How do you grow this area?
Growing lifetime value has a few layers to it, including:

1. Product line strategy: As mentioned pertaining to AOV, your ecommerce business needs a product line strategy that allows for customers to purchase again and again. Either your product is something that needs to be bought monthly or a few times a year, or you have a variety of products to choose from to keep customers coming back.

2. Email / communication strategy: You’ll also need a strong email marketing strategy for nurturing the relationship with your customer, reminding them of when it might be time to re-order, educating them on other products you have to offer, and keeping them in the loop about sales and new product releases.

3. Fan creation: The best way to increase lifetime value is to create brand fans— not just “customers”. These are the people who rave about you to their friends, talk about you on social media, and will buy again and again. There are certain tactics for accomplishing this, which we dive into in The Holy Grail of Ecommerce Success: Creating Lifelong Brand Fans.

Multiplier 4: Margins

Your product margin is the amount of money built into your products’ prices and leftover after pulling out your hard costs. This is not the same as profit but contributes to it.

Why is this critical for growth?
If your margins are too low, your business will not be able to operate in profit or invest in acquiring customers, providing outstanding customer service, and innovating with new products. Without all of these elements, ecommerce businesses will likely stall or fail. Margins are truly fuel for your business rocketship.

With that in mind, we suggest at minimum a 5x markup. However, ecommerce companies do best when margins are close to 10x markup, or even as high as 30!

How do you measure this multiplier?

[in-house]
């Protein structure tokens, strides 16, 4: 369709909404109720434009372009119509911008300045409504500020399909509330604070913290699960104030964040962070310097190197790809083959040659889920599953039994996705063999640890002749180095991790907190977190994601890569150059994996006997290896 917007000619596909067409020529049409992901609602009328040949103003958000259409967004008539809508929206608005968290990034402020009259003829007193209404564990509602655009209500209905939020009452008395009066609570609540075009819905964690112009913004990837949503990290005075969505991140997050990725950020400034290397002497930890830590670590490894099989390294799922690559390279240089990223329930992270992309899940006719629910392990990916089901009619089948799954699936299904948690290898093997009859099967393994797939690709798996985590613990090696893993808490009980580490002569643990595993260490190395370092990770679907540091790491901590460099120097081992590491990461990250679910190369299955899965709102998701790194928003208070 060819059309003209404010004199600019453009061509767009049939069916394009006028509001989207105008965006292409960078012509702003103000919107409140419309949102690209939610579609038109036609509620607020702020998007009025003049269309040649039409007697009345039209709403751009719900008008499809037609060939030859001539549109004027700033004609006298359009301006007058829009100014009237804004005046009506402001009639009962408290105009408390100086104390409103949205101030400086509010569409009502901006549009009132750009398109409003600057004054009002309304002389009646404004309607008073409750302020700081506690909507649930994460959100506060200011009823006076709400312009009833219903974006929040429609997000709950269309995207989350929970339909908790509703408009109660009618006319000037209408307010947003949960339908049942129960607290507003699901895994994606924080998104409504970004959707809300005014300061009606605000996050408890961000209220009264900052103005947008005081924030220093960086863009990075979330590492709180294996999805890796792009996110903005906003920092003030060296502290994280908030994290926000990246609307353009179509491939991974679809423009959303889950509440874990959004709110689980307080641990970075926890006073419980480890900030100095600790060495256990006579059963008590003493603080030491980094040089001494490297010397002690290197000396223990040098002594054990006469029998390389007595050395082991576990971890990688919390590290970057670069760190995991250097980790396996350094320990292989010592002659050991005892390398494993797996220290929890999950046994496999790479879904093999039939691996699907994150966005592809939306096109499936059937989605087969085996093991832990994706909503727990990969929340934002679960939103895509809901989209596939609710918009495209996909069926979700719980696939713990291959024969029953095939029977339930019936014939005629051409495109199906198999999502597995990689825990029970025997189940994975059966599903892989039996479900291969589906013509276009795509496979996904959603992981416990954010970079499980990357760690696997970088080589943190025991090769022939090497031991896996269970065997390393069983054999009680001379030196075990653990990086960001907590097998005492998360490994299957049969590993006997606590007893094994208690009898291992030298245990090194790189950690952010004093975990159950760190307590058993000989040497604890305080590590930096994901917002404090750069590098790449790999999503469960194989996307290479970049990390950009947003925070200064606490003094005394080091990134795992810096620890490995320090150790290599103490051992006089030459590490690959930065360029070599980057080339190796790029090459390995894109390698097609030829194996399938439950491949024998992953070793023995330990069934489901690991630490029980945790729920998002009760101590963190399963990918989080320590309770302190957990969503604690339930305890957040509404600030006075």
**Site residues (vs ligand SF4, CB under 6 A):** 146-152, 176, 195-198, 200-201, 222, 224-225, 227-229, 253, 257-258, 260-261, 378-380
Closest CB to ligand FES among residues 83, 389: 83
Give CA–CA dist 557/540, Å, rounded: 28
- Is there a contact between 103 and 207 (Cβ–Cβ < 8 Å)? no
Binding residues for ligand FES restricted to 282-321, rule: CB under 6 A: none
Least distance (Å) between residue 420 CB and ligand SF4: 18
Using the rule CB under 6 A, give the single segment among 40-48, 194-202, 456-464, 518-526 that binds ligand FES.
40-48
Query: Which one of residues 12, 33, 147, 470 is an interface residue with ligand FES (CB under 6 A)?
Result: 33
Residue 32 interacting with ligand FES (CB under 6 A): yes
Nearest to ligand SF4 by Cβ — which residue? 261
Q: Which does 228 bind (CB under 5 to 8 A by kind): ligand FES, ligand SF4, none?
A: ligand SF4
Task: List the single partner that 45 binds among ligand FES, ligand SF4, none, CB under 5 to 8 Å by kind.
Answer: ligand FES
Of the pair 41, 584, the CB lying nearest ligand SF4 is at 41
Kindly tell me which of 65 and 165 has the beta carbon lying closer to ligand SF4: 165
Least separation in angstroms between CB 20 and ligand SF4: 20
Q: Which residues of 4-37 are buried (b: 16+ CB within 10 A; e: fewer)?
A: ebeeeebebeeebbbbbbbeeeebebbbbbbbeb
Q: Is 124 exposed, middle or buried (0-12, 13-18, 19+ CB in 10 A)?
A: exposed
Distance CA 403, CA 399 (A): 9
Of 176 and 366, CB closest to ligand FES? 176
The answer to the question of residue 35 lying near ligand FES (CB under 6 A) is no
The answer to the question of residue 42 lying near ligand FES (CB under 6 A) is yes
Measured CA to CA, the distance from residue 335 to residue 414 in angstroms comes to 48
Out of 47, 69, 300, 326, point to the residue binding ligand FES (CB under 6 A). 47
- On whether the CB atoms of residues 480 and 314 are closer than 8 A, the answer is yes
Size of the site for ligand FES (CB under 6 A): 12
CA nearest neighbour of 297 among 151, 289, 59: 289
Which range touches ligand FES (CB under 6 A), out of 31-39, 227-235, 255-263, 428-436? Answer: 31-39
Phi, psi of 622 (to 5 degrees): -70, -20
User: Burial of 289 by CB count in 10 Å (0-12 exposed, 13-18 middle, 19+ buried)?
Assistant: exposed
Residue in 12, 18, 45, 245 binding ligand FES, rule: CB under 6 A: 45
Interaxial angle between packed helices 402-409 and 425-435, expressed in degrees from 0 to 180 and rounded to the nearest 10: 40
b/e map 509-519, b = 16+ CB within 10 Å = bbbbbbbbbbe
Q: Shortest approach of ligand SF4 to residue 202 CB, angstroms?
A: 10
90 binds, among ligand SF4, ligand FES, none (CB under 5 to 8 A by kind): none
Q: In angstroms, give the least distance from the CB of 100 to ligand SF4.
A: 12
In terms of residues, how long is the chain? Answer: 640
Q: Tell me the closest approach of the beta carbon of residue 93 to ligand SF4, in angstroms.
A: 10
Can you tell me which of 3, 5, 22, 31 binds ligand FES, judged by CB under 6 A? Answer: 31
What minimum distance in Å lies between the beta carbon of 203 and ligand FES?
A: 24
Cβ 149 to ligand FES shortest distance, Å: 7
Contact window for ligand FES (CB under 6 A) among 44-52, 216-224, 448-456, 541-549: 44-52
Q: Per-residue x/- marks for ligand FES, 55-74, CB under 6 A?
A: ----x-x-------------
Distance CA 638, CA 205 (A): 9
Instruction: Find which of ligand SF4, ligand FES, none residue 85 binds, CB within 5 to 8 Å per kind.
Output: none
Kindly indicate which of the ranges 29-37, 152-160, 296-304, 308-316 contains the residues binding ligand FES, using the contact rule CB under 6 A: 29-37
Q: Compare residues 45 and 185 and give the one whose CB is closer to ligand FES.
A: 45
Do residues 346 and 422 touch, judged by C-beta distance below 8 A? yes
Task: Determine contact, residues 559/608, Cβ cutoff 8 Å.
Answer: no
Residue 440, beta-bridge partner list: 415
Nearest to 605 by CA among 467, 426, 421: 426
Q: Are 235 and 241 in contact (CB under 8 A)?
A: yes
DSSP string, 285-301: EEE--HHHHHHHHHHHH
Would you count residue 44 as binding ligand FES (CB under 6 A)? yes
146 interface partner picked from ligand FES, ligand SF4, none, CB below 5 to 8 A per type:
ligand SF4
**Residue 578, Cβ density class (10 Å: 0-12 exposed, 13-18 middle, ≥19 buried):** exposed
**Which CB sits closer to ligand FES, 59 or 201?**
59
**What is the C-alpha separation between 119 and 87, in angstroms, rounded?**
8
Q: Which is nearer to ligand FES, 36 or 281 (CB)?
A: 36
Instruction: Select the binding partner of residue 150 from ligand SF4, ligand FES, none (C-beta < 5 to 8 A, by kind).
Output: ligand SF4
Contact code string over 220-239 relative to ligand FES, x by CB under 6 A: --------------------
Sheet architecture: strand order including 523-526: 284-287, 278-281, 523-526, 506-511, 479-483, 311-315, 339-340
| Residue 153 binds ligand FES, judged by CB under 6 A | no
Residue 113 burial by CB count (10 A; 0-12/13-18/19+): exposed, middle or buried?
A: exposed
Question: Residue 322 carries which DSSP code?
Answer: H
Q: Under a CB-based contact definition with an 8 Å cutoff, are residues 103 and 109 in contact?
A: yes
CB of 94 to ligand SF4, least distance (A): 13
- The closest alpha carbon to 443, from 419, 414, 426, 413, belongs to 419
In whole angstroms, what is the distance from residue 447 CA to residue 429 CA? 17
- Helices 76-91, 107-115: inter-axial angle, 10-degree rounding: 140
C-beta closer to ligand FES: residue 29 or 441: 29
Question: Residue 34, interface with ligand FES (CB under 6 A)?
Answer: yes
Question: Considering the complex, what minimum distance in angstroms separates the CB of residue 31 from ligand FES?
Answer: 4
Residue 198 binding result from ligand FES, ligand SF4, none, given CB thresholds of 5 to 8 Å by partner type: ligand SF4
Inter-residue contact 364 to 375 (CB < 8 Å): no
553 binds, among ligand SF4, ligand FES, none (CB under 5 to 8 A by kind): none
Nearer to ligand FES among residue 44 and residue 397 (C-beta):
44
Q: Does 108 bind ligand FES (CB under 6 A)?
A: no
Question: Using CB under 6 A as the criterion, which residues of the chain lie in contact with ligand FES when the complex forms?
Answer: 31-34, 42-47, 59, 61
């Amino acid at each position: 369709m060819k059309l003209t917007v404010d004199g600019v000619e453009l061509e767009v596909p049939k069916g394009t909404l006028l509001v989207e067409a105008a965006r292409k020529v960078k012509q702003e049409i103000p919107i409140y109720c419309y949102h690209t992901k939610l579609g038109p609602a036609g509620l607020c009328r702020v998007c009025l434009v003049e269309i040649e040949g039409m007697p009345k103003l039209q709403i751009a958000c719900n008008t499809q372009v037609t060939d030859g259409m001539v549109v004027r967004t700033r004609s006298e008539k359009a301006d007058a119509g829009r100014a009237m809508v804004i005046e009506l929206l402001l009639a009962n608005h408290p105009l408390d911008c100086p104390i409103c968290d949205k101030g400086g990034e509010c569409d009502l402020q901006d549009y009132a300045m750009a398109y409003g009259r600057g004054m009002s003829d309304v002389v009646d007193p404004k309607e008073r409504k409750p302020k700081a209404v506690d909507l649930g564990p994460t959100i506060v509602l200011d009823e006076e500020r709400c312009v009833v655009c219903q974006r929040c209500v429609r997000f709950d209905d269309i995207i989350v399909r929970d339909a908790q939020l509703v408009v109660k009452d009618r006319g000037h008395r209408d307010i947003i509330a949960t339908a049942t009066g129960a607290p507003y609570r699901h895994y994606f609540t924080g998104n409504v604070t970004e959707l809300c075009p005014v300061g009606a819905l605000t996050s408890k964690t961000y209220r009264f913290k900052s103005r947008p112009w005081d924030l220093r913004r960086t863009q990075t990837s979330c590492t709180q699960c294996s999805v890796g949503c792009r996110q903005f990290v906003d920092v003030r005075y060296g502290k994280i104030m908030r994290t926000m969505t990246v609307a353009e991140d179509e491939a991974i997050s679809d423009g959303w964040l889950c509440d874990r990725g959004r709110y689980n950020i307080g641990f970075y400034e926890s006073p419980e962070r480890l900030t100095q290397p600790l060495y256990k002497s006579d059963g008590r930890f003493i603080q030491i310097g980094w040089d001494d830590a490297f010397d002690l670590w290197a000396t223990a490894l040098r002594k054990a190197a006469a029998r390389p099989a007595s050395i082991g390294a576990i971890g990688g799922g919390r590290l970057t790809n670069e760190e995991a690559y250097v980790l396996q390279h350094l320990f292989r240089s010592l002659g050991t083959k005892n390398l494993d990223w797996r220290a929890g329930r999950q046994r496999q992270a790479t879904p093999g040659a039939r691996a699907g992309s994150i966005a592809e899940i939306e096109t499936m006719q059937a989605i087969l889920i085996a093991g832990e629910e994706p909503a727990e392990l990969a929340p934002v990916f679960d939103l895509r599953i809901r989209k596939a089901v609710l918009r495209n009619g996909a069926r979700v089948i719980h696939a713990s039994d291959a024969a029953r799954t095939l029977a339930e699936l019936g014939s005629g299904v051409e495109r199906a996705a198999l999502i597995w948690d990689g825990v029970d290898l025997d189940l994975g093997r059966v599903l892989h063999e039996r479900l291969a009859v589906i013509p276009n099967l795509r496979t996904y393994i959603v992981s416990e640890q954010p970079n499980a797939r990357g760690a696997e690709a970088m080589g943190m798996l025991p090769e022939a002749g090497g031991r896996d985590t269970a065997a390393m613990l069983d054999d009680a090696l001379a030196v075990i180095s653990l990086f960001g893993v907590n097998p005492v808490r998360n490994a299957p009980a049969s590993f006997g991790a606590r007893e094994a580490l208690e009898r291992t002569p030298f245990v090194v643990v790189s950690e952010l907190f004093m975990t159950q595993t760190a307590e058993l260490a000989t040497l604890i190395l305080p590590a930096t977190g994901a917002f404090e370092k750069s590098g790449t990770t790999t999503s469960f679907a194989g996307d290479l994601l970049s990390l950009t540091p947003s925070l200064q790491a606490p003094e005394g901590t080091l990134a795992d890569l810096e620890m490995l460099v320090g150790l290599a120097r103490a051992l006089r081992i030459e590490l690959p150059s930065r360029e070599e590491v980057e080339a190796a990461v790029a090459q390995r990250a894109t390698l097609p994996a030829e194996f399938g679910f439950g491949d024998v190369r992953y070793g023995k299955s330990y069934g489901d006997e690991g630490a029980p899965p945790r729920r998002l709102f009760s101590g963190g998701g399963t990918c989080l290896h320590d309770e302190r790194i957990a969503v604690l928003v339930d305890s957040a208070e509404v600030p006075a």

You can measure margins by the percent markup on a product, or you can look at percent markup as a weighted average of the best-selling products.

How do you grow this area?
Product margin is really something you should consider before you start your business. It’s hard to grow your margins once you’re already established. And if you do, it usually means lessening product quality which is not great. If you are an established brand, the best way to grow product margin is to take it into account as you develop new products alongside your current ones.

Multiplier 5: Conversion Rate (CR)

Your ecommerce store’s conversion rate is the percentage of people who make a purchase vs the total number of visitors at your site.

Why is this critical for growth?
Most ecommerce business owners often keep an eye on this number, but it’s influenced by so many factors that it feels difficult to do anything about it. However, it’s critical for growth because it has a lot of power when leveraged. It’s actually the largest growth lever because a small increase in conversion rate increases everything else. Marketing spend goes further, more traffic can be acquired for less cost, it can help increase lifetime value, and more.

How do you measure this multiplier?
You can easily measure conversion rate on any platform, and you can also look at analytics tools like Google Analytics. The best way to measure it though is by looking at conversion rate in segments, such as by device (mobile vs. desktop) or per marketing channel.

How do you grow this area?
This is a compound metric, meaning it’s influenced by underlying metrics. Therefore to grow it, you’ll need to grow the contributing metrics and factors. That could include:

  • Technical elements on your site
  • Experiential factors such as site navigation, landing page or product page layout, etc.
  • Your offer and value proposition
  • Product and surrounding messaging

It’s Grow Time!

While every business has its complexities, if you can focus on improving each of these levers by just 5%, all of that will compound into exponential growth. In fact, if your business is at a certain size and you have a growth goal in mind, you could back out of that growth goal and determine how much each factor needs to increase. Once you have those specific goals in mind, you can create initiatives that contribute to those objectives.